37. 0 Haney Lopez, supra note 28, p. 203.


38. 0 Takaki, supra note 3, p. 207.


39. 0 Takai, Id., p. 206.


40. 0 Mexicans were judged to be white In re Rodriguez,as cited in Haney Lopez, supra note 28, p. 204. This ruling was based on treaties made following the Mexican war. However, in other cases, such as in early California, Mexicans were judged to be Native American (Karen Brodkin, How Jews Became White Folks and What That Says About Race In America, Rutgers University Press (1999) p. 72).


41. 0 In another example, the U.S. Census changed Mexican from a non-white category to a white category in 1940 (Brodkin, Id., p. 193, n.56). This ambivalence is probably due to the mix of ethnicities and races in the countries south of our border, one that rivals the mix found in the U.S.


42. 0 Haney Lopez, supra note 28, p. 18.


43. 0 Haney Lopez, supra note 28 and Jacobson, supra note 31, explore this duality throughout their texts.


44. 0 Gossett, supra note 4; Haney Lopez, Id.; Jacobson, Id..


45. 0 Theodore W. Allen, The Invention of the White Race Vol 2, Verso (1994), p. 139.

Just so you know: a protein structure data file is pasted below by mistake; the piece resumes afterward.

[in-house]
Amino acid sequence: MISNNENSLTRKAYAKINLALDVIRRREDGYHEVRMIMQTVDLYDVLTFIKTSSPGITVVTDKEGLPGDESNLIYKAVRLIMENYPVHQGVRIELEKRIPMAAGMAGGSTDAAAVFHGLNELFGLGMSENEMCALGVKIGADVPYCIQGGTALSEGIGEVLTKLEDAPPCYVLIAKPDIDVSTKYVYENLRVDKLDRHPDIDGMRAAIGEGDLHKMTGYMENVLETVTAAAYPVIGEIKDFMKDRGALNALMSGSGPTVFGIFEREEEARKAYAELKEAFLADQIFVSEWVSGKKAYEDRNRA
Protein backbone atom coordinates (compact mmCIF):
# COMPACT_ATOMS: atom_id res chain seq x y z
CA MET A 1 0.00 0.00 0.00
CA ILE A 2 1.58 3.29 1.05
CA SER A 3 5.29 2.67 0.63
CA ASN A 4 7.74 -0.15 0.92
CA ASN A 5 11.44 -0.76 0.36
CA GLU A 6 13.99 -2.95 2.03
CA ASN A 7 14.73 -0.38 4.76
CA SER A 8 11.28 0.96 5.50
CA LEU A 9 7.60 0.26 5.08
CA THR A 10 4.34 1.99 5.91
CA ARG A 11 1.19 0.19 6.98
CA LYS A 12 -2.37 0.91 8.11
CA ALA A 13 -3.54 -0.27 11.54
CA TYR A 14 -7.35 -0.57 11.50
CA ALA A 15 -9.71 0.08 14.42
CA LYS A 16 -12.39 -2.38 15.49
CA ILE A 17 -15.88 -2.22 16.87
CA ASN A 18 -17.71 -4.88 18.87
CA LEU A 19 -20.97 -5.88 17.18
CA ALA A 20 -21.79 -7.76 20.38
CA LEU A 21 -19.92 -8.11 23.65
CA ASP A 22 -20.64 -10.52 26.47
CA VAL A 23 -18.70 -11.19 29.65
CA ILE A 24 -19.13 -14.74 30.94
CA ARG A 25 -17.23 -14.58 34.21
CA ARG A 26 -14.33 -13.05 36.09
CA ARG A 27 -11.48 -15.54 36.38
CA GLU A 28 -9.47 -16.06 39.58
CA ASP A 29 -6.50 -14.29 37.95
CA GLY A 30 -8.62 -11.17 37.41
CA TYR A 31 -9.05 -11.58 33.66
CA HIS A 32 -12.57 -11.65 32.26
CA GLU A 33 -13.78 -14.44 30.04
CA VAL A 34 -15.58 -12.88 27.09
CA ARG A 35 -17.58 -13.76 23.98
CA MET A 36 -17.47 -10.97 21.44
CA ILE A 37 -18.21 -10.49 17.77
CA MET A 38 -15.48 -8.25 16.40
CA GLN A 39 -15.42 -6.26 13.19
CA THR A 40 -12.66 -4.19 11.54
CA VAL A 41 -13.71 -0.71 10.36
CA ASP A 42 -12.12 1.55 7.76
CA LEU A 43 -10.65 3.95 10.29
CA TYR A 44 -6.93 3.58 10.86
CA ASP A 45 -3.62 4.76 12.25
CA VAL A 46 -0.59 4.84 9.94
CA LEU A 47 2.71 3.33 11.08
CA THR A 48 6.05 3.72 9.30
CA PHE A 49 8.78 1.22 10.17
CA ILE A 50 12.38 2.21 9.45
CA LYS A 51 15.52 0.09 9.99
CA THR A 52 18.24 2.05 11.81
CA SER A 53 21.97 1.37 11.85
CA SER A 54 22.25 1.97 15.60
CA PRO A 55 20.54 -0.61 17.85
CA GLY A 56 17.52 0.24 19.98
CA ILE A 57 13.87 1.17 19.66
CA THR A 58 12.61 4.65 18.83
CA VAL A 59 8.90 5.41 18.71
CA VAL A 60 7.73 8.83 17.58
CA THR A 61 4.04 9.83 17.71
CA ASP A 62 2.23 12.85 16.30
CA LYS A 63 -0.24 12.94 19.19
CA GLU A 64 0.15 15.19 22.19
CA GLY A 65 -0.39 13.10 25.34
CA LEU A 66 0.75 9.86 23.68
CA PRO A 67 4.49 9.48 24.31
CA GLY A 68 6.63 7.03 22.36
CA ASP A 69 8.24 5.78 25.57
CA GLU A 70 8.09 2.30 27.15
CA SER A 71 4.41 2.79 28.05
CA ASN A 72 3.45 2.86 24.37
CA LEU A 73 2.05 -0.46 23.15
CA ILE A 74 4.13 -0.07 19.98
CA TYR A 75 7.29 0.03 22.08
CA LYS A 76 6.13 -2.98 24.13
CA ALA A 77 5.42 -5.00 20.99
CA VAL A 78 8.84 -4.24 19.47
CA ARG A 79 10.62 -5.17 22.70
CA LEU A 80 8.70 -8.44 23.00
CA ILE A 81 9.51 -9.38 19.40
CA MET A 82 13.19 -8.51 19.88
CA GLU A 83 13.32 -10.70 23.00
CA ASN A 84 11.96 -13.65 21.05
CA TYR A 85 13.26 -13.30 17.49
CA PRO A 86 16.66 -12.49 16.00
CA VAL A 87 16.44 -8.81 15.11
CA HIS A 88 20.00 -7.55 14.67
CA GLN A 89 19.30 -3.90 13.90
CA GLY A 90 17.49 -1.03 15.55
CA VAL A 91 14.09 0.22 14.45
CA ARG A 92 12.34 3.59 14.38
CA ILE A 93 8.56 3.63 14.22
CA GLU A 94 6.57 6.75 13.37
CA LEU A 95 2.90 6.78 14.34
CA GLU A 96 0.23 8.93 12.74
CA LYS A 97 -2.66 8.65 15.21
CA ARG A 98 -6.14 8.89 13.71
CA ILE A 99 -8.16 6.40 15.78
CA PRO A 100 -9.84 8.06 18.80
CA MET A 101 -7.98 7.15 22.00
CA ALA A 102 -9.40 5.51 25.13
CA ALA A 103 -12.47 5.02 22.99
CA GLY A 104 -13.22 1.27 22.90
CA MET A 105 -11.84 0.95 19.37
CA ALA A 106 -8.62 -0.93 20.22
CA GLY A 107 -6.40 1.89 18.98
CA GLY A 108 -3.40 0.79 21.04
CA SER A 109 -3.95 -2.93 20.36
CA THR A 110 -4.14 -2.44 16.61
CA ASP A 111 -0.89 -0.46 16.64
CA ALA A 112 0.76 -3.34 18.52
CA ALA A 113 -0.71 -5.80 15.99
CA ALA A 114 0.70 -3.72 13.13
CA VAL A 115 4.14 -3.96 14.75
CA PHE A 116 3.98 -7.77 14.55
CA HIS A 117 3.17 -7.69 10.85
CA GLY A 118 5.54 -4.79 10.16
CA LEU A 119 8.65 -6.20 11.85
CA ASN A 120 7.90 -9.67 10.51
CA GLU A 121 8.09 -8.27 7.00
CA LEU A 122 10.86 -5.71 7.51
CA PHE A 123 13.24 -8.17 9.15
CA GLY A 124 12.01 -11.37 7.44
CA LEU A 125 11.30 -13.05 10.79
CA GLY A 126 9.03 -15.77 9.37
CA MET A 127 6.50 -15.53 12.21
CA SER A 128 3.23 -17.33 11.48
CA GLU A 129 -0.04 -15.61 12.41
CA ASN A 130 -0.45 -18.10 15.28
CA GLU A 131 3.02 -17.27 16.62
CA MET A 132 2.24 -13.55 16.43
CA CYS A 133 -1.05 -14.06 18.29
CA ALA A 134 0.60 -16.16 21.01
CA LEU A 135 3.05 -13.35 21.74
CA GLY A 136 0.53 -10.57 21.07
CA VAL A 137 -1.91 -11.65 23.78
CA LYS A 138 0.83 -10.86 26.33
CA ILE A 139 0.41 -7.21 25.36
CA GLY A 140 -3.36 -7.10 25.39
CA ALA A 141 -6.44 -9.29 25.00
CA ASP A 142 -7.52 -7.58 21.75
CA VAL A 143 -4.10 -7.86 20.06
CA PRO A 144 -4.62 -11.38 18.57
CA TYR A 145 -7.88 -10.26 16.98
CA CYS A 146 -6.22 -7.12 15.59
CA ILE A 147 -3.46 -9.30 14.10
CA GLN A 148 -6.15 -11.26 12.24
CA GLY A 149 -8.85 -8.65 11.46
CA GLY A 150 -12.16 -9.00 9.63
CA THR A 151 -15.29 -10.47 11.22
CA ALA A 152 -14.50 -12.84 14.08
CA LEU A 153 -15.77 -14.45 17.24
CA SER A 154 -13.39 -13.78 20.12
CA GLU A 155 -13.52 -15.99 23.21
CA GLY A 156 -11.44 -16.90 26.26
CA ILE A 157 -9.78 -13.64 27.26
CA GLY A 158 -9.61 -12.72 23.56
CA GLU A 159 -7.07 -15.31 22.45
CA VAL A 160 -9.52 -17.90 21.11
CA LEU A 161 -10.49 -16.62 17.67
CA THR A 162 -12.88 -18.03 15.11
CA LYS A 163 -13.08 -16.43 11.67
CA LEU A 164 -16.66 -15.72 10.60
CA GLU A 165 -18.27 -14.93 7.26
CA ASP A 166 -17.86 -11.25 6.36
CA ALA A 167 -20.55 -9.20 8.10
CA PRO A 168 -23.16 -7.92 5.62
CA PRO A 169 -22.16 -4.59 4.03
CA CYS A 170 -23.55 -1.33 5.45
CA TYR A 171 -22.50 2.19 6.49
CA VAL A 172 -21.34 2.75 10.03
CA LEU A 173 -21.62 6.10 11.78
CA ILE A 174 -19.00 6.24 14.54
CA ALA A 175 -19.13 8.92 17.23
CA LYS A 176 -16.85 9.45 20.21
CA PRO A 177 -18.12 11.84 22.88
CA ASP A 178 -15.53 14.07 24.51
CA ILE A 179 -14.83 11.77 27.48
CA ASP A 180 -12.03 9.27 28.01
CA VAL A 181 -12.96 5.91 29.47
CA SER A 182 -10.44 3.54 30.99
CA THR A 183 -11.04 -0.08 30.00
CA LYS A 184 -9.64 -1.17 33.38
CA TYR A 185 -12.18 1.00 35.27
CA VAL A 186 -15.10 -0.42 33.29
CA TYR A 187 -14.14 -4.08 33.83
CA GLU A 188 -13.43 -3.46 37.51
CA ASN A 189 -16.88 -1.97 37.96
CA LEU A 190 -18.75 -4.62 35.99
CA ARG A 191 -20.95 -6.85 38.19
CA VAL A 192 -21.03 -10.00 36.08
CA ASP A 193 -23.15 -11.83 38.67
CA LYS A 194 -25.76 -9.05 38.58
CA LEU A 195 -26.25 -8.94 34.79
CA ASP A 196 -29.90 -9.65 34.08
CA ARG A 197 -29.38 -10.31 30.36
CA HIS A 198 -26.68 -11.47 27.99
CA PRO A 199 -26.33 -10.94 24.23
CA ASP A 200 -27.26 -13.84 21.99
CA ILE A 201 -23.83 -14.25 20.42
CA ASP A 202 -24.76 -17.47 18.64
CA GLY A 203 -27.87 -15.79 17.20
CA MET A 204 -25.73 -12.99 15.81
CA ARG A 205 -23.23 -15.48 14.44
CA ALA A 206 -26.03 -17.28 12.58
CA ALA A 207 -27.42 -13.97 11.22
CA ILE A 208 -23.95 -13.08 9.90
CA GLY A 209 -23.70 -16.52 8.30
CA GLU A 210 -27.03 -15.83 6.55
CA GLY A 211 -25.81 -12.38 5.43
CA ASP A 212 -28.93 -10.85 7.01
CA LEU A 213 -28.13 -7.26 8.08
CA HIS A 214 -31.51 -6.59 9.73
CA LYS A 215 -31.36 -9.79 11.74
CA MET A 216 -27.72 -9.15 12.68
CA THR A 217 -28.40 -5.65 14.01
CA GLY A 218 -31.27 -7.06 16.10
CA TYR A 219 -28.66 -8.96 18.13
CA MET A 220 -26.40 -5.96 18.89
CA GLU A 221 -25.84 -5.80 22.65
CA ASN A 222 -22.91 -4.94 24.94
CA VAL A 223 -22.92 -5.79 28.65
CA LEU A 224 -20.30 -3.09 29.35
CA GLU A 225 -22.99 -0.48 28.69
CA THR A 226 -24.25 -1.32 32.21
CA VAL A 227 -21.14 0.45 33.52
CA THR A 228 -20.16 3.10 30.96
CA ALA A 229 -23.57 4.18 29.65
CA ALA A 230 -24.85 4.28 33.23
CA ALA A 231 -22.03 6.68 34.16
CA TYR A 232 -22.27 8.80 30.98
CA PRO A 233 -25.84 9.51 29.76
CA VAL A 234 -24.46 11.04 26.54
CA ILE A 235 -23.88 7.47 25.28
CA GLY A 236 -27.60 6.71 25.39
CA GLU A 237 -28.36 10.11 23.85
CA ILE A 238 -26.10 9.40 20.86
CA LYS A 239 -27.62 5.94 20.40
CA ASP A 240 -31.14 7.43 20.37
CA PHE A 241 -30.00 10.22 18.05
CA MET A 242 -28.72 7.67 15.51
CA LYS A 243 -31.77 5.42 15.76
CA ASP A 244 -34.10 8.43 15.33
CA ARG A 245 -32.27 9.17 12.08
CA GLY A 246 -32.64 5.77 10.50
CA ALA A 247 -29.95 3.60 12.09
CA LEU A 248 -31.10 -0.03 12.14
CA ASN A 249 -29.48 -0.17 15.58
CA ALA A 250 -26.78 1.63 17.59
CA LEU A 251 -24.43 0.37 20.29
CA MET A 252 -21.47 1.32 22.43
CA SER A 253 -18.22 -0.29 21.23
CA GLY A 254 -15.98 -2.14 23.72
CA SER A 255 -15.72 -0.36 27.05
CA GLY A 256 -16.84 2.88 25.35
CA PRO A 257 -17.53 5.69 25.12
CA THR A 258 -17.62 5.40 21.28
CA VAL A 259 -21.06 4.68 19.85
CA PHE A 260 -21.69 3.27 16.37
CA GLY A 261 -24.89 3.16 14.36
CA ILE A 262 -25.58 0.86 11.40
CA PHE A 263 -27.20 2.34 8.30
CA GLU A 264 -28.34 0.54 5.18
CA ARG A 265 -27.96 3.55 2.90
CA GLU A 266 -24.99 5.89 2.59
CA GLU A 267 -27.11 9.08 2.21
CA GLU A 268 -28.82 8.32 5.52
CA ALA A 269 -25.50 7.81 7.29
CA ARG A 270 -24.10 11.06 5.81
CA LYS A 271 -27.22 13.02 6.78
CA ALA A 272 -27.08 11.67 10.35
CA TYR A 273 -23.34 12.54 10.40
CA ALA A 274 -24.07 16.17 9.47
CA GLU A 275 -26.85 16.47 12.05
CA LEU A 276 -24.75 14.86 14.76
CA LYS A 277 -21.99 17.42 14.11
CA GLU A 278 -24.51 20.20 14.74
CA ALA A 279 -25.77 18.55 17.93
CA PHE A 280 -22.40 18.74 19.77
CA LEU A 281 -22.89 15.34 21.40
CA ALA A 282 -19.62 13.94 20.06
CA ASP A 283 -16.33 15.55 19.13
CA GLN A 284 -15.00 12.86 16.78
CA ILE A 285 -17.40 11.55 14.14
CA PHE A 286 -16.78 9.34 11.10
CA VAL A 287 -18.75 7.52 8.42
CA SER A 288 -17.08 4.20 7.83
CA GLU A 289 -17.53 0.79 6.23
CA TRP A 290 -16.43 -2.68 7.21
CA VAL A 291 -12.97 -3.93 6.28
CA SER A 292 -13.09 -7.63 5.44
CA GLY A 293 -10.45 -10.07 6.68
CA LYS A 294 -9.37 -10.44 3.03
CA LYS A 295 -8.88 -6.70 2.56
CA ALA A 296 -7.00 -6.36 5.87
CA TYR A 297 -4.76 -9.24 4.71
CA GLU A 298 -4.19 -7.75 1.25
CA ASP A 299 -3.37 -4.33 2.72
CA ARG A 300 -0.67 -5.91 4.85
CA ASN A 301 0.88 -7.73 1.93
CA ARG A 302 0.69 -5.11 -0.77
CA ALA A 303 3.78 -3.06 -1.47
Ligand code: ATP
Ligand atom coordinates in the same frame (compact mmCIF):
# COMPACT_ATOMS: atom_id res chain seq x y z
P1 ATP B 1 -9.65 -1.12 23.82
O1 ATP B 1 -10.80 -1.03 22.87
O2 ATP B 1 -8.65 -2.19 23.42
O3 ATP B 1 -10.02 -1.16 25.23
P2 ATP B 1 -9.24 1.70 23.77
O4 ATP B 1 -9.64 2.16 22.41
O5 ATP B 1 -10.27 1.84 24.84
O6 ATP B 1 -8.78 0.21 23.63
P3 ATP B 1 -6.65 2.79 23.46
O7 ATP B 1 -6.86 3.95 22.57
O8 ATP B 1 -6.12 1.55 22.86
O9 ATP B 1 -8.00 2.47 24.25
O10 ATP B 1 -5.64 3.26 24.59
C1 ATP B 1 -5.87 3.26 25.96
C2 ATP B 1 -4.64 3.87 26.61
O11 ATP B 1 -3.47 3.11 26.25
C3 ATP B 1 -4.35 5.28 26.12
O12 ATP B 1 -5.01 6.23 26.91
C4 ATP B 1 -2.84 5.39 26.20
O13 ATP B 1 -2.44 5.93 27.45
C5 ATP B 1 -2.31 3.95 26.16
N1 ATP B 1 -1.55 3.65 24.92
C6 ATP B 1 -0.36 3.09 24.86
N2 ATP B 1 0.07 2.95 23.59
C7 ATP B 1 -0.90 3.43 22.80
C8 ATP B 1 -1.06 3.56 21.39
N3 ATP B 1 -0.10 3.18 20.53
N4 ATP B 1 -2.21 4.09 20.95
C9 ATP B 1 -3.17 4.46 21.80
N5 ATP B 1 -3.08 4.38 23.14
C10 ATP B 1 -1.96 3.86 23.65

46. 0 Allen, 1994, Id., p. 138.


47. 0 Takaki, supra note 3, p.133.


48. 0 Allen, 1994, Id., p. 144.


49. 0 I base my description of the Exodus on Allen, supra note 45, p. 145-147, who draws from many sources.


50. 0 Cited in Allen, 1994, Id., p. 147.


51. 0 Takaki, supra note 3, p. 180.


52. 0 Takaki, Id., p. 180-183.


53. 0 Takaki, Id., p. 178.


54. 0 Takaki, Id., p. 186-7.


55. 0 Brodkin, supra note 40, p. 45.


56. 0 Conley, supra note 1, p. 39.


57. 0 Brodkin, Id.


58. 0 Brodkin, Id., p. 47.


59. 0 Brodkin, Id., p. 49


60. 0 Brodkin, Id., p. 50.


61. 0 Grace Elizabeth Hale, Making Whiteness: the Culture of Segregation in the South, 1890-1949, Pantheon Books (1998).


62. 0 See the first person accounts in Clark & O'Donnell, supra note 1, and the analysis of similar stories in Thandeka, supra note 1.